Circular Progress: Health and Healthcare within Albertan Indian Residential Schools, 1920 - 1950
This study provides a systematic analysis of the physical, mental, emotional, and spiritual health of the pupils in Indian Residential Schools from 1920 – 1950. It focusses on a single province – Alberta – and utilizes an inter-disciplinary approach to understand how the interaction between the biological and the psychosocial conditions of the schools contributed to both immediate and chronic health problems for Aboriginal students. Through an examination of nutrition, sanitation, disease, healthcare interventions, and mental health in the schools, it is seen that any “progress” the Department made in regards to the health of students was circular. Department officials used the inherent flaws in the system of school governance – which gave a few men ultimate power over the living conditions of thousands of children – to circumvent the responsibility they held towards the health of students. The ultimate result was a malnourished and vulnerable student population suffering from endemic disease and psychological trauma.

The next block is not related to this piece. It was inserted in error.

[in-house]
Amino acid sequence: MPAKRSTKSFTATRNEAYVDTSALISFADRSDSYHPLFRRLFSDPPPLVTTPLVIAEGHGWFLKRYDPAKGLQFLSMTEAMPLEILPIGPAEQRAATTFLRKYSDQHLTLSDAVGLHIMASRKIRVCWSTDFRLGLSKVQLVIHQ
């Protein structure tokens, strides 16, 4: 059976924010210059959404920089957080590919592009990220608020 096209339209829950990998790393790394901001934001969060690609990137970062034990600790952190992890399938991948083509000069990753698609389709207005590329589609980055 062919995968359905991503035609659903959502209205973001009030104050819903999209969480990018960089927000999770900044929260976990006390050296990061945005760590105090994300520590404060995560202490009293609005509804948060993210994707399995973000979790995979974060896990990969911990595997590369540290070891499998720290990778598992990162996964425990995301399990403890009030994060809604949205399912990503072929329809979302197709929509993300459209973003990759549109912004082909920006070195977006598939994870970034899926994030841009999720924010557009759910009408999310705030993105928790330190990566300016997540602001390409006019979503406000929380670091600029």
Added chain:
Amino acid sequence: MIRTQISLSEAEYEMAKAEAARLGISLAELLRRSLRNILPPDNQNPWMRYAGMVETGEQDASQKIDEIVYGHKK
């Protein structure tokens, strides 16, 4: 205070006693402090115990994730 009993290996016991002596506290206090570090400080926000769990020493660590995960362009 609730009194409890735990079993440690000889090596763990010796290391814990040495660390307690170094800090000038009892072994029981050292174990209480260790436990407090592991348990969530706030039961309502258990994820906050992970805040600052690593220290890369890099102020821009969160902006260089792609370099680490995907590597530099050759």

History--Canadian, History of Science
Larsson, P. (2015). Circular Progress: Health and Healthcare within Albertan Indian Residential Schools, 1920 - 1950 (Master's thesis, University of Calgary, Calgary, Canada). Retrieved from https://prism.ucalgary.ca. doi:10.11575/PRISM/25330